Set of 3♦3♣ on the Turn, what do you do here?
Decision Point: In a Cash Game, MP1, MP2, the Cutoff, and the Small Blind all call. You are in the Big Blind with 3♦3♣, and you call. The Flop comes 2♥3♥5♠. The Small Blind checks, you bet, and MP1 raises. It folds around to you and you reraise. MP1 calls. The Turn is the J♣. Action is on you, what do you do here?
Pro Answer: After flopping a set from the Big Blind, we bet out into the field on this multiway coordinated flop. Our opponent raises, we reraise, and they called.
Despite the presence of possible straights or a higher set, our hand still has enough value in this situation to warrant another bet. When analyzing poker hands, always make sure to put your opponent on a range of hands when determining your best course of action.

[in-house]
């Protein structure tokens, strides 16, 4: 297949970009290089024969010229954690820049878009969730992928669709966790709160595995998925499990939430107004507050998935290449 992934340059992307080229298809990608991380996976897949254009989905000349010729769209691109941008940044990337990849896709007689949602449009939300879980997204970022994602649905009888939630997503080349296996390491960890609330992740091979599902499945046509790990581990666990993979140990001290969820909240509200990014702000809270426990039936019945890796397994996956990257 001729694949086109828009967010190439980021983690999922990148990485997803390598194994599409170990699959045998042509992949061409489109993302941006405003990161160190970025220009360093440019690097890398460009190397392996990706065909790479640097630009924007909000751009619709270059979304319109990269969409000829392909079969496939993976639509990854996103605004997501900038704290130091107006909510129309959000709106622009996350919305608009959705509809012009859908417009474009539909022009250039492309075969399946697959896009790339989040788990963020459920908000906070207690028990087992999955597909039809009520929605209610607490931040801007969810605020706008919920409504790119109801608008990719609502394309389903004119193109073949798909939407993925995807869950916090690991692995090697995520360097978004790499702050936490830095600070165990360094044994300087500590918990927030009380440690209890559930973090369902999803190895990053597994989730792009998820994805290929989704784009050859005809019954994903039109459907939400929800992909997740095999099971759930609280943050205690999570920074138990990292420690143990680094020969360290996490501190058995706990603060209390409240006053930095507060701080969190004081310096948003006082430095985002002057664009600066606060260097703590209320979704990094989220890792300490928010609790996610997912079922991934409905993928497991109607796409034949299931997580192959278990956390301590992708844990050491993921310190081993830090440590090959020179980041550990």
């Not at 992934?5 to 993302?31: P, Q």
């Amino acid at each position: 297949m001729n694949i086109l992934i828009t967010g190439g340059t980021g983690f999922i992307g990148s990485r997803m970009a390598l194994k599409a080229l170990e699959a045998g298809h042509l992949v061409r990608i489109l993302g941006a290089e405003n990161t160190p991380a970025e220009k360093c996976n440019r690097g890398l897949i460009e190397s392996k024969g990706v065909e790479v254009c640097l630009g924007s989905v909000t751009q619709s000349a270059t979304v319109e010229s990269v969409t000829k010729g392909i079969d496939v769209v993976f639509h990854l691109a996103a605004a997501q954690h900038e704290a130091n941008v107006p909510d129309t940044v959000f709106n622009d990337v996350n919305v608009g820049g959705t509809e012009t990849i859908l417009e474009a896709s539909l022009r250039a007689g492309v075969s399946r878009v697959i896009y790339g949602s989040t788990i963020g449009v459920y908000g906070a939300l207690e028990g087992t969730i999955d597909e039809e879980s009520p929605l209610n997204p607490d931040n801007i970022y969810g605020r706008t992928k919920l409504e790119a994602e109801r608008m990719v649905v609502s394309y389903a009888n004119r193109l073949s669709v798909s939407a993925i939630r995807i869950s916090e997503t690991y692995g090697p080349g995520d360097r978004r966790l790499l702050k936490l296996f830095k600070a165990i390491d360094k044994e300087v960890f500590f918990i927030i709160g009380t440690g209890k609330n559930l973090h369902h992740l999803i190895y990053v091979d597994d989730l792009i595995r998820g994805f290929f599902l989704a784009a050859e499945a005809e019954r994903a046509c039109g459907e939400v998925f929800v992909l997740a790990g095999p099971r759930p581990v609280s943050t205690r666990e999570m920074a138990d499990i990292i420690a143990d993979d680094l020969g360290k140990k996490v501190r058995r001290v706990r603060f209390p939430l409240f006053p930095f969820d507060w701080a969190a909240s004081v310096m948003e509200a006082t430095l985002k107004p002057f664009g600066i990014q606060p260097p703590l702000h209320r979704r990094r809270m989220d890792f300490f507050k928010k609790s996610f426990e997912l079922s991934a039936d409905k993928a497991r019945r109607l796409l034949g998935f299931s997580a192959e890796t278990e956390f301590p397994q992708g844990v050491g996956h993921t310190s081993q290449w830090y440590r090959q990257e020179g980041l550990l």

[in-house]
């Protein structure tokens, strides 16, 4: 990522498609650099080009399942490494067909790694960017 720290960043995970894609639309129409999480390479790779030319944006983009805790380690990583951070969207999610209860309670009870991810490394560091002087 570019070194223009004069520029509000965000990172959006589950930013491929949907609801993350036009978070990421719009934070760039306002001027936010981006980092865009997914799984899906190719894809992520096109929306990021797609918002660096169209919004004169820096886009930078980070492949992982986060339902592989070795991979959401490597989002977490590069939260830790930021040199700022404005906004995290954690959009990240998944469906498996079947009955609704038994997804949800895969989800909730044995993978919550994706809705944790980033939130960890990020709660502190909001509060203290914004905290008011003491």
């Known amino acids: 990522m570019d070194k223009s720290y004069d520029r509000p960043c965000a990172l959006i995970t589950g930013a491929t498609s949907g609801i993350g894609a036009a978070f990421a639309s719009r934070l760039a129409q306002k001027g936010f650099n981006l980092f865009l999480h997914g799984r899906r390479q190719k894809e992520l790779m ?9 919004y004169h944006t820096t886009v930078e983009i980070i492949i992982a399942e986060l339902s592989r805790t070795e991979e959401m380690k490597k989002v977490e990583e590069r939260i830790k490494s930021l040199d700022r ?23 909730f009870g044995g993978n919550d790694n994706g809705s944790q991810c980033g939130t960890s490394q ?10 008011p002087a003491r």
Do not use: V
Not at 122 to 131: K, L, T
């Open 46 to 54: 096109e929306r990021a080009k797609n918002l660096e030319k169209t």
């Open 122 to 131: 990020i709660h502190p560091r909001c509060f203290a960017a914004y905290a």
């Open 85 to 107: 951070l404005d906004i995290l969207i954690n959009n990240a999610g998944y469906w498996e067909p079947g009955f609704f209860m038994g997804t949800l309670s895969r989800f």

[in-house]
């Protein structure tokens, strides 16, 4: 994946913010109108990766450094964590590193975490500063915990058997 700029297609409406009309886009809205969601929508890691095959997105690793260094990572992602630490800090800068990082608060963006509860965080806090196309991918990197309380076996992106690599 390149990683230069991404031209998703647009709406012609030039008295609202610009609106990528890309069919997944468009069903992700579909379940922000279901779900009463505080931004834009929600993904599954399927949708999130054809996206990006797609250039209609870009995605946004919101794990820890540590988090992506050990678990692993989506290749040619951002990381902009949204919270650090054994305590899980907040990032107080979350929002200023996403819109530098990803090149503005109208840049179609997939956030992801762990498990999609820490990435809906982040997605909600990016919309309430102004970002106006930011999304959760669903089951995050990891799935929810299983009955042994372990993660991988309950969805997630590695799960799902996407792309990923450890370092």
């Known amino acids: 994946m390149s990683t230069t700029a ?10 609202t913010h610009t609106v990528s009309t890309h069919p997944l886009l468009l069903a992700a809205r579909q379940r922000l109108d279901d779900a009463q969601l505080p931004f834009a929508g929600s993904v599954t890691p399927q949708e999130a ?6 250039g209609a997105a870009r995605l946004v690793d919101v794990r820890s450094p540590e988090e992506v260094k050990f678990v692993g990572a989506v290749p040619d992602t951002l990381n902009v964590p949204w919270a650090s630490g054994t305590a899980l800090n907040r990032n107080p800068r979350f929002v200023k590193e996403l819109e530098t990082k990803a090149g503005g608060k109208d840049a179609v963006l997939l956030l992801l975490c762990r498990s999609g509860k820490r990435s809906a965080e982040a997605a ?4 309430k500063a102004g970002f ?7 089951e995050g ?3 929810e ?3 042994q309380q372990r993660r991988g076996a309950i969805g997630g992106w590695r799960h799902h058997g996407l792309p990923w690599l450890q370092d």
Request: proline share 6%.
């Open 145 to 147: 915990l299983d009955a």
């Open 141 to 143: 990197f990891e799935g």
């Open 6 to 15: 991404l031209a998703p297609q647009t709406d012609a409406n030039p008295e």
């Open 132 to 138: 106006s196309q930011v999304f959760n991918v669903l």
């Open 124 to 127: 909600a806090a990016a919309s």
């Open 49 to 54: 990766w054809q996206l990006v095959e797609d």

Hands like A4, 46, 55, or JJ are all a part of your opponent’s range (and all are currently beating you), but so are hands which you beat, like lower sets (22), two pair (32, 53) many heart draws (such as Ah5h) and overpairs to the flop (such as TT).
Against your opponent’s overall range, your set is a favorite to win this hand. You should bet here for value and know that your bet commits you to this pot.
Don’t simply put your opponent on one hand, play against their range.
What would you do here?
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